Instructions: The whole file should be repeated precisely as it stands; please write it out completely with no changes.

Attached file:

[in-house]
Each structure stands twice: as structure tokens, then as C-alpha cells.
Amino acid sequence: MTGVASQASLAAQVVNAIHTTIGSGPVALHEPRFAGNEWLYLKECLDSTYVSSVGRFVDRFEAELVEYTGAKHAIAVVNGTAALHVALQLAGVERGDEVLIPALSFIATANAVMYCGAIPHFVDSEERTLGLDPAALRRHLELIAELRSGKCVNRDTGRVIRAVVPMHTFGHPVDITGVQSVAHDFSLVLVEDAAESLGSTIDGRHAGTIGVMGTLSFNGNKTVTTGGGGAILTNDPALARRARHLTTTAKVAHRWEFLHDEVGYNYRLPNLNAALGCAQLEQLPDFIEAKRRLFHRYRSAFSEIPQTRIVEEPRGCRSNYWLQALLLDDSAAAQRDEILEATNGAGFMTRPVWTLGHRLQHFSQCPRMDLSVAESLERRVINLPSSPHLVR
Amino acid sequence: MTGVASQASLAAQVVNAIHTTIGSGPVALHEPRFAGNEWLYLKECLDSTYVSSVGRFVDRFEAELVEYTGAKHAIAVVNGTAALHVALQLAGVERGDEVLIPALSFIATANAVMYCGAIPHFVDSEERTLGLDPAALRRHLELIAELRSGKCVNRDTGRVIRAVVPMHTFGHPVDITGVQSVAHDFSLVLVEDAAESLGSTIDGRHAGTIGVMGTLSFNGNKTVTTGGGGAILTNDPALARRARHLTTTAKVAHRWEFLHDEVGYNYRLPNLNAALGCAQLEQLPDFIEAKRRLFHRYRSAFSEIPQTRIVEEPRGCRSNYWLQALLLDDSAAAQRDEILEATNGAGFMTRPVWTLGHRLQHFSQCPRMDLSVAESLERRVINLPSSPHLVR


[in-house]
Each structure stands twice: as structure tokens, then as C-alpha cells.
Amino acid sequence: MTGVASQASLAAQVVNAIHTTIGSGPVALHEPRFAGNEWLYLKECLDSTYVSSVGRFVDRFEAELVEYTGAKHAIAVVNGTAALHVALQLAGVERGDEVLIPALSFIATANAVMYCGAIPHFVDSEERTLGLDPAALRRHLELIAELRSGKCVNRDTGRVIRAVVPMHTFGHPVDITGVQSVAHDFSLVLVEDAAESLGSTIDGRHAGTIGVMGTLSFNGNKTVTTGGGGAILTNDPALARRARHLTTTAKVAHRWEFLHDEVGYNYRLPNLNAALGCAQLEQLPDFIEAKRRLFHRYRSAFSEIPQTRIVEEPRGCRSNYWLQALLLDDSAAAQRDEILEATNGAGFMTRPVWTLGHRLQHFSQCPRMDLSVAESLERRVINLPSSPHLVR
Amino acid sequence: MTGVASQASLAAQVVNAIHTTIGSGPVALHEPRFAGNEWLYLKECLDSTYVSSVGRFVDRFEAELVEYTGAKHAIAVVNGTAALHVALQLAGVERGDEVLIPALSFIATANAVMYCGAIPHFVDSEERTLGLDPAALRRHLELIAELRSGKCVNRDTGRVIRAVVPMHTFGHPVDITGVQSVAHDFSLVLVEDAAESLGSTIDGRHAGTIGVMGTLSFNGNKTVTTGGGGAILTNDPALARRARHLTTTAKVAHRWEFLHDEVGYNYRLPNLNAALGCAQLEQLPDFIEAKRRLFHRYRSAFSEIPQTRIVEEPRGCRSNYWLQALLLDDSAAAQRDEILEATNGAGFMTRPVWTLGHRLQHFSQCPRMDLSVAESLERRVINLPSSPHLVR